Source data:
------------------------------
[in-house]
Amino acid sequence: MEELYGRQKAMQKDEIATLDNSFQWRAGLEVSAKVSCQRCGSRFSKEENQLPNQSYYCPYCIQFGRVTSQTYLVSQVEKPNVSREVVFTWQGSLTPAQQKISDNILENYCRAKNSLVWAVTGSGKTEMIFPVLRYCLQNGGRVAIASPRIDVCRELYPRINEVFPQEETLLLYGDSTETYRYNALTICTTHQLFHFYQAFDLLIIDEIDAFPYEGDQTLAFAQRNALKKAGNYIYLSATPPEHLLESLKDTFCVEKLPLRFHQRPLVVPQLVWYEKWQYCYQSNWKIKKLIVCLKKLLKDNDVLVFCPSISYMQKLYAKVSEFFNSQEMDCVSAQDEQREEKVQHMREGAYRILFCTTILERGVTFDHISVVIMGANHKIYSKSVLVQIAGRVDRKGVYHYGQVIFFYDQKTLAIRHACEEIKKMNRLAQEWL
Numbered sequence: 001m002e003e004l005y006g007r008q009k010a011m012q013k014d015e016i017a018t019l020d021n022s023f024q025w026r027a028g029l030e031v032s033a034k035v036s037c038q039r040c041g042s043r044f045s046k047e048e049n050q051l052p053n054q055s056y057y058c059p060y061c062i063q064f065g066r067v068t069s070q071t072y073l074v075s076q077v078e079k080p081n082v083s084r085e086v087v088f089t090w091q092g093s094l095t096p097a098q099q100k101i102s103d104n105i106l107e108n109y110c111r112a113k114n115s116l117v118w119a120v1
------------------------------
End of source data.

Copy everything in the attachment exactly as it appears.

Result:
[in-house]
Amino acid sequence: MEELYGRQKAMQKDEIATLDNSFQWRAGLEVSAKVSCQRCGSRFSKEENQLPNQSYYCPYCIQFGRVTSQTYLVSQVEKPNVSREVVFTWQGSLTPAQQKISDNILENYCRAKNSLVWAVTGSGKTEMIFPVLRYCLQNGGRVAIASPRIDVCRELYPRINEVFPQEETLLLYGDSTETYRYNALTICTTHQLFHFYQAFDLLIIDEIDAFPYEGDQTLAFAQRNALKKAGNYIYLSATPPEHLLESLKDTFCVEKLPLRFHQRPLVVPQLVWYEKWQYCYQSNWKIKKLIVCLKKLLKDNDVLVFCPSISYMQKLYAKVSEFFNSQEMDCVSAQDEQREEKVQHMREGAYRILFCTTILERGVTFDHISVVIMGANHKIYSKSVLVQIAGRVDRKGVYHYGQVIFFYDQKTLAIRHACEEIKKMNRLAQEWL
Numbered sequence: 001m002e003e004l005y006g007r008q009k010a011m012q013k014d015e016i017a018t019l020d021n022s023f024q025w026r027a028g029l030e031v032s033a034k035v036s037c038q039r040c041g042s043r044f045s046k047e048e049n050q051l052p053n054q055s056y057y058c059p060y061c062i063q064f065g066r067v068t069s070q071t072y073l074v075s076q077v078e079k080p081n082v083s084r085e086v087v088f089t090w091q092g093s094l095t096p097a098q099q100k101i102s103d104n105i106l107e108n109y110c111r112a113k114n115s116l117v118w119a120v1